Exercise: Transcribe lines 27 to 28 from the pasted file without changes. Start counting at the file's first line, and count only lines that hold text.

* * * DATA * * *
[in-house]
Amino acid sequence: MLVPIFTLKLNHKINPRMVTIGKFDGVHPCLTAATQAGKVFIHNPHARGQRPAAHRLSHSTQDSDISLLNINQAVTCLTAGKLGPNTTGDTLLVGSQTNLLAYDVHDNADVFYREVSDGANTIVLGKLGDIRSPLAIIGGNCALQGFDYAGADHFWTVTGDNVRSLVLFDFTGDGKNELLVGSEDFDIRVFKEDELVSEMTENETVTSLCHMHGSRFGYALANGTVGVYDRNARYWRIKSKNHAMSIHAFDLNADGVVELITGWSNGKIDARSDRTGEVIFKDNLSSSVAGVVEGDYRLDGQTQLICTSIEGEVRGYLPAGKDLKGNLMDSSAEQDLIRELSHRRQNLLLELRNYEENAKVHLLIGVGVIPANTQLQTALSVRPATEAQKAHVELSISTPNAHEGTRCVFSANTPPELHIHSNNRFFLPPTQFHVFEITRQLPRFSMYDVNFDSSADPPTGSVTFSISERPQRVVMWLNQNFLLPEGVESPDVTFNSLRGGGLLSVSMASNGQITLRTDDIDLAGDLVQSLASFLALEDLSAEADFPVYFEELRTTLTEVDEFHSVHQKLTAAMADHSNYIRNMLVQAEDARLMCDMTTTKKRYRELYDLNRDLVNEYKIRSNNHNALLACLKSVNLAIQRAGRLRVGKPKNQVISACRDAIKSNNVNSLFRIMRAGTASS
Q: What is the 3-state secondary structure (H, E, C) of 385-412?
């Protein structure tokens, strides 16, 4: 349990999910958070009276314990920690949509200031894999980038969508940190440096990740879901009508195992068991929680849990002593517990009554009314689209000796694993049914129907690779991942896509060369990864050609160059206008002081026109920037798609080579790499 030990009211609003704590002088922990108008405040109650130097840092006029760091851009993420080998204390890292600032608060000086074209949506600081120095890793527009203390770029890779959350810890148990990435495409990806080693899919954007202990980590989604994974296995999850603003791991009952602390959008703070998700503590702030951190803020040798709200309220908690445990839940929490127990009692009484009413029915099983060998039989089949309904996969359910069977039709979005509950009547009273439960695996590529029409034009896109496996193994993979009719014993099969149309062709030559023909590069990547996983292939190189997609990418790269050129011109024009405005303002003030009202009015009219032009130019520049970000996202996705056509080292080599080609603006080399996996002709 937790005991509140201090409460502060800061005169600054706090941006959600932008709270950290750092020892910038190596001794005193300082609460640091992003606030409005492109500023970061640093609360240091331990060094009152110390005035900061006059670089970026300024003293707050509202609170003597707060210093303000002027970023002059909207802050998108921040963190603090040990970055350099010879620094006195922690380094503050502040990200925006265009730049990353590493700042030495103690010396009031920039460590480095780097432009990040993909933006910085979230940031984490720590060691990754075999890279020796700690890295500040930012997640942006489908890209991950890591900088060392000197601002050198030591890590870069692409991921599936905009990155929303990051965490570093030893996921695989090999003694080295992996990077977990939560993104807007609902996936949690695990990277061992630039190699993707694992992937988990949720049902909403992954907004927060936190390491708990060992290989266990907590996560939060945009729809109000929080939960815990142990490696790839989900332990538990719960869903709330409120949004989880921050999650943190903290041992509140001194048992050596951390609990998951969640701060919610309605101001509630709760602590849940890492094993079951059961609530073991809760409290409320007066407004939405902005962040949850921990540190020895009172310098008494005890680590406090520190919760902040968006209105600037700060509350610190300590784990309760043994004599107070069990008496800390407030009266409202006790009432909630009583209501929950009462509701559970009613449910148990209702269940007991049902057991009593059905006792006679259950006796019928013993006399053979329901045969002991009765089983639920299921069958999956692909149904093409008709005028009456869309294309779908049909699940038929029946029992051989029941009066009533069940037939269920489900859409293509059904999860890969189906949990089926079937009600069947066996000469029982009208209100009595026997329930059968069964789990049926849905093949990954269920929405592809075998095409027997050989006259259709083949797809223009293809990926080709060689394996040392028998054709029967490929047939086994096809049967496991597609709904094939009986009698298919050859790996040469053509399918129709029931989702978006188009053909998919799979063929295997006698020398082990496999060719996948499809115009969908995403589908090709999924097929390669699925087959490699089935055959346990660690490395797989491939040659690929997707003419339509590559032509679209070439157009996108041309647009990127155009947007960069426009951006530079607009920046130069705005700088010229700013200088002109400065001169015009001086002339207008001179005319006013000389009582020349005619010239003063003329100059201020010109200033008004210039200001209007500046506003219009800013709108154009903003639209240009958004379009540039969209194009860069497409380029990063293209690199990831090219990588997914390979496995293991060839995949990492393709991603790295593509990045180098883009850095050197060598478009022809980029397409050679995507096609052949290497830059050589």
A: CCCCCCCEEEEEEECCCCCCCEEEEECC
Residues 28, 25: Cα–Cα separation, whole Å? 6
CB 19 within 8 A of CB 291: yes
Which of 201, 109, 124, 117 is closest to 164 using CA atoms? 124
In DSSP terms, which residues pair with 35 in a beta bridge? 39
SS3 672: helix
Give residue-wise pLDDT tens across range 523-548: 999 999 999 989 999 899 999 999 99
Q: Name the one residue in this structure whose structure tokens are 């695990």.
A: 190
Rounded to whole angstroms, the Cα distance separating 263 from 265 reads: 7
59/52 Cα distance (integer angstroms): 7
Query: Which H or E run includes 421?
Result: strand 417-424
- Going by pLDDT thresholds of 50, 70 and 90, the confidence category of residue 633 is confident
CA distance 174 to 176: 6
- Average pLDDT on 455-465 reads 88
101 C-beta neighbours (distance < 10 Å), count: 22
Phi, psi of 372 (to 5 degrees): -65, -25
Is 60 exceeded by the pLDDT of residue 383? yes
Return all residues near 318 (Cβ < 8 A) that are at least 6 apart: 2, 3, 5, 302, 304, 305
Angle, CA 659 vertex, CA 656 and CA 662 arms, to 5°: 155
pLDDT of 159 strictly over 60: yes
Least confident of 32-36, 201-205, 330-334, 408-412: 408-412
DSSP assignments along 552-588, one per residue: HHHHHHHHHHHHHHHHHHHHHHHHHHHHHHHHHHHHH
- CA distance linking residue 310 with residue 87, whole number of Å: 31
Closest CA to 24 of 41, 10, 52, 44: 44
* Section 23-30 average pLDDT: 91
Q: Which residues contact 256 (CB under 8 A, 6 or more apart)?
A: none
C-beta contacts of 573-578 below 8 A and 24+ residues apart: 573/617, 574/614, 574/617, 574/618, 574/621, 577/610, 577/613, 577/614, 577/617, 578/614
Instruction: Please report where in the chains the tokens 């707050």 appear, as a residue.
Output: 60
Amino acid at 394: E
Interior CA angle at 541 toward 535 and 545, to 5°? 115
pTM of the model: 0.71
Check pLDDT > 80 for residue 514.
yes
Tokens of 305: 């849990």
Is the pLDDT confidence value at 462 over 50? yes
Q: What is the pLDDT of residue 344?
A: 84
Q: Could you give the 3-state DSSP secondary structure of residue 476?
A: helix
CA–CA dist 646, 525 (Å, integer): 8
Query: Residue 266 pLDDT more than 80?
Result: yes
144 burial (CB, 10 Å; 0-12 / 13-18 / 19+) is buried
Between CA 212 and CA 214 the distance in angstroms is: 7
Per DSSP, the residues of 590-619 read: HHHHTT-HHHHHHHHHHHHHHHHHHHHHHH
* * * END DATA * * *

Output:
Least confident of 32-36, 201-205, 330-334, 408-412: 408-412
DSSP assignments along 552-588, one per residue: HHHHHHHHHHHHHHHHHHHHHHHHHHHHHHHHHHHHH